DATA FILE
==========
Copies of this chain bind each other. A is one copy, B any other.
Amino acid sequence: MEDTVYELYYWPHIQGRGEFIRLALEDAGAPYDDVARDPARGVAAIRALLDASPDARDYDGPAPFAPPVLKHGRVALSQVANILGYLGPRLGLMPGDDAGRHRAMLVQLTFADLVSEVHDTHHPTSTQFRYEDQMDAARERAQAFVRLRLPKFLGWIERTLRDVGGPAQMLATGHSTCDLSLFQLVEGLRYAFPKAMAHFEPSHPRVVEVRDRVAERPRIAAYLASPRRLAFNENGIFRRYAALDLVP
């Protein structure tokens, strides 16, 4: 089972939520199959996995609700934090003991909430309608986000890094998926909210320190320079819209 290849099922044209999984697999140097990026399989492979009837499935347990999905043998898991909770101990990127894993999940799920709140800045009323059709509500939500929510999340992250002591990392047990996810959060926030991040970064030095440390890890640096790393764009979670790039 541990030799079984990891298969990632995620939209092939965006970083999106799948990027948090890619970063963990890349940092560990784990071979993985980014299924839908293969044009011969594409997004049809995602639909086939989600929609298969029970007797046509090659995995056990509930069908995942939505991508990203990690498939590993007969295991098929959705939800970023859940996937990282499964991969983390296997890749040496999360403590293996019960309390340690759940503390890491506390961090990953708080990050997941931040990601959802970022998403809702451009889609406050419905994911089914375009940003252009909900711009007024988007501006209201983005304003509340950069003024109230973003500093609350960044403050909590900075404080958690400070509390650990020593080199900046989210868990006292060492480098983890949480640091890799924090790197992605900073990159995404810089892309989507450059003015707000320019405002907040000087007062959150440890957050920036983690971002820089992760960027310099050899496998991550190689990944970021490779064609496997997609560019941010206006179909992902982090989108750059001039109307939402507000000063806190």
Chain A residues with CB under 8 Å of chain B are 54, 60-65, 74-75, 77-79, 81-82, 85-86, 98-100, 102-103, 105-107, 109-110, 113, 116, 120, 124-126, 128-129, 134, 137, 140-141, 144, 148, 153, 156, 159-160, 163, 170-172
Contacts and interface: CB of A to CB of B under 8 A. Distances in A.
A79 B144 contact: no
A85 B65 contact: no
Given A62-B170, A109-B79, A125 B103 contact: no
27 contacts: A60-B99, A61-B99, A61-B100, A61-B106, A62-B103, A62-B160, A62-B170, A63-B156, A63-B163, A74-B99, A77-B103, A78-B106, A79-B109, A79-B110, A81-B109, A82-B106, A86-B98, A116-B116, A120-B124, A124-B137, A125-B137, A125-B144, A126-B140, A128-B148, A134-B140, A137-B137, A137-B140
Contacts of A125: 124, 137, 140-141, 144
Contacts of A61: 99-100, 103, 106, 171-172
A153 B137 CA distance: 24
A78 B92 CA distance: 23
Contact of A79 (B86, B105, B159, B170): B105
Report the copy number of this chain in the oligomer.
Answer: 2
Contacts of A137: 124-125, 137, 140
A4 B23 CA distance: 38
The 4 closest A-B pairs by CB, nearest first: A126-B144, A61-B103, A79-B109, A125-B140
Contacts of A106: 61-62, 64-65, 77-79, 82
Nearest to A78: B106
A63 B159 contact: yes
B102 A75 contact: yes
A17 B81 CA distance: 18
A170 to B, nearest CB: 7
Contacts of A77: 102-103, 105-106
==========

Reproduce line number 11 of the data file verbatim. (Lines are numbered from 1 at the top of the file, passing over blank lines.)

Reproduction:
Contacts of A61: 99-100, 103, 106, 171-172